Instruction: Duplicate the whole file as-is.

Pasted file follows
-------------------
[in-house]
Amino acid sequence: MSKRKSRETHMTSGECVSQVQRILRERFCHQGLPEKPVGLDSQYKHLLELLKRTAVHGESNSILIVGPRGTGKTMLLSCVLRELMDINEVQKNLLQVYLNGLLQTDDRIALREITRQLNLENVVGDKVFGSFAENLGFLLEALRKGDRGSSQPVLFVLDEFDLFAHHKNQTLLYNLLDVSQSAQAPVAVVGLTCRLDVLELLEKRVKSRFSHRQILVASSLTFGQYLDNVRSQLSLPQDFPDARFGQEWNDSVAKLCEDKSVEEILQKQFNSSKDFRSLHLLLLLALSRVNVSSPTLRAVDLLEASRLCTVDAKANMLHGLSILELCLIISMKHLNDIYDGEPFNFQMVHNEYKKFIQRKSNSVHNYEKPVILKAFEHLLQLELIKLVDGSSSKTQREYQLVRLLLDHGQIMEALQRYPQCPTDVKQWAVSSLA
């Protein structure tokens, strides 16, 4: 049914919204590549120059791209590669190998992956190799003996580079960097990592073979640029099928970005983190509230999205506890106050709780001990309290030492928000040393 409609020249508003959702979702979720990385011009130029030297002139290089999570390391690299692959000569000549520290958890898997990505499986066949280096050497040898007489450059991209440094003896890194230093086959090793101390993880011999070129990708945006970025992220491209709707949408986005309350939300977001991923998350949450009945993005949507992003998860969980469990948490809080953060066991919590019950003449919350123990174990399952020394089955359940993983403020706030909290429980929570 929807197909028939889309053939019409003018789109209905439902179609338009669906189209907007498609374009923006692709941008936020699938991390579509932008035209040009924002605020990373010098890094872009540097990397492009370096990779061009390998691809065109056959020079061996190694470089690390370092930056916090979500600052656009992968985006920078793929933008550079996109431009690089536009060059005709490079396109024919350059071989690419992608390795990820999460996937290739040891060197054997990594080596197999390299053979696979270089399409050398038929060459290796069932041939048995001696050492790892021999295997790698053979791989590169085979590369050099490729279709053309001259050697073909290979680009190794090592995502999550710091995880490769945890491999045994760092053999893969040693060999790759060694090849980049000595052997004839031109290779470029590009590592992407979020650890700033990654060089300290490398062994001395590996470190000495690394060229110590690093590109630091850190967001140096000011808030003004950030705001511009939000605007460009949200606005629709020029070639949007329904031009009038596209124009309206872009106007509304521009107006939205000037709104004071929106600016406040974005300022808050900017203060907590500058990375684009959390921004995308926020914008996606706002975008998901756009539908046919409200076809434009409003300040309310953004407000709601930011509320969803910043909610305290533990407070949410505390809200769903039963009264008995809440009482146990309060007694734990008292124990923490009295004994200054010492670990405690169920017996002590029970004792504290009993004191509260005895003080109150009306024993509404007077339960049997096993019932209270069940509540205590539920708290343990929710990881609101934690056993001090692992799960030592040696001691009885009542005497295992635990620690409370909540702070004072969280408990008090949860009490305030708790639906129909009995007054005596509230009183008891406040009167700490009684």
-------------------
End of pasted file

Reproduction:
[in-house]
Amino acid sequence: MSKRKSRETHMTSGECVSQVQRILRERFCHQGLPEKPVGLDSQYKHLLELLKRTAVHGESNSILIVGPRGTGKTMLLSCVLRELMDINEVQKNLLQVYLNGLLQTDDRIALREITRQLNLENVVGDKVFGSFAENLGFLLEALRKGDRGSSQPVLFVLDEFDLFAHHKNQTLLYNLLDVSQSAQAPVAVVGLTCRLDVLELLEKRVKSRFSHRQILVASSLTFGQYLDNVRSQLSLPQDFPDARFGQEWNDSVAKLCEDKSVEEILQKQFNSSKDFRSLHLLLLLALSRVNVSSPTLRAVDLLEASRLCTVDAKANMLHGLSILELCLIISMKHLNDIYDGEPFNFQMVHNEYKKFIQRKSNSVHNYEKPVILKAFEHLLQLELIKLVDGSSSKTQREYQLVRLLLDHGQIMEALQRYPQCPTDVKQWAVSSLA
């Protein structure tokens, strides 16, 4: 049914919204590549120059791209590669190998992956190799003996580079960097990592073979640029099928970005983190509230999205506890106050709780001990309290030492928000040393 409609020249508003959702979702979720990385011009130029030297002139290089999570390391690299692959000569000549520290958890898997990505499986066949280096050497040898007489450059991209440094003896890194230093086959090793101390993880011999070129990708945006970025992220491209709707949408986005309350939300977001991923998350949450009945993005949507992003998860969980469990948490809080953060066991919590019950003449919350123990174990399952020394089955359940993983403020706030909290429980929570 929807197909028939889309053939019409003018789109209905439902179609338009669906189209907007498609374009923006692709941008936020699938991390579509932008035209040009924002605020990373010098890094872009540097990397492009370096990779061009390998691809065109056959020079061996190694470089690390370092930056916090979500600052656009992968985006920078793929933008550079996109431009690089536009060059005709490079396109024919350059071989690419992608390795990820999460996937290739040891060197054997990594080596197999390299053979696979270089399409050398038929060459290796069932041939048995001696050492790892021999295997790698053979791989590169085979590369050099490729279709053309001259050697073909290979680009190794090592995502999550710091995880490769945890491999045994760092053999893969040693060999790759060694090849980049000595052997004839031109290779470029590009590592992407979020650890700033990654060089300290490398062994001395590996470190000495690394060229110590690093590109630091850190967001140096000011808030003004950030705001511009939000605007460009949200606005629709020029070639949007329904031009009038596209124009309206872009106007509304521009107006939205000037709104004071929106600016406040974005300022808050900017203060907590500058990375684009959390921004995308926020914008996606706002975008998901756009539908046919409200076809434009409003300040309310953004407000709601930011509320969803910043909610305290533990407070949410505390809200769903039963009264008995809440009482146990309060007694734990008292124990923490009295004994200054010492670990405690169920017996002590029970004792504290009993004191509260005895003080109150009306024993509404007077339960049997096993019932209270069940509540205590539920708290343990929710990881609101934690056993001090692992799960030592040696001691009885009542005497295992635990620690409370909540702070004072969280408990008090949860009490305030708790639906129909009995007054005596509230009183008891406040009167700490009684």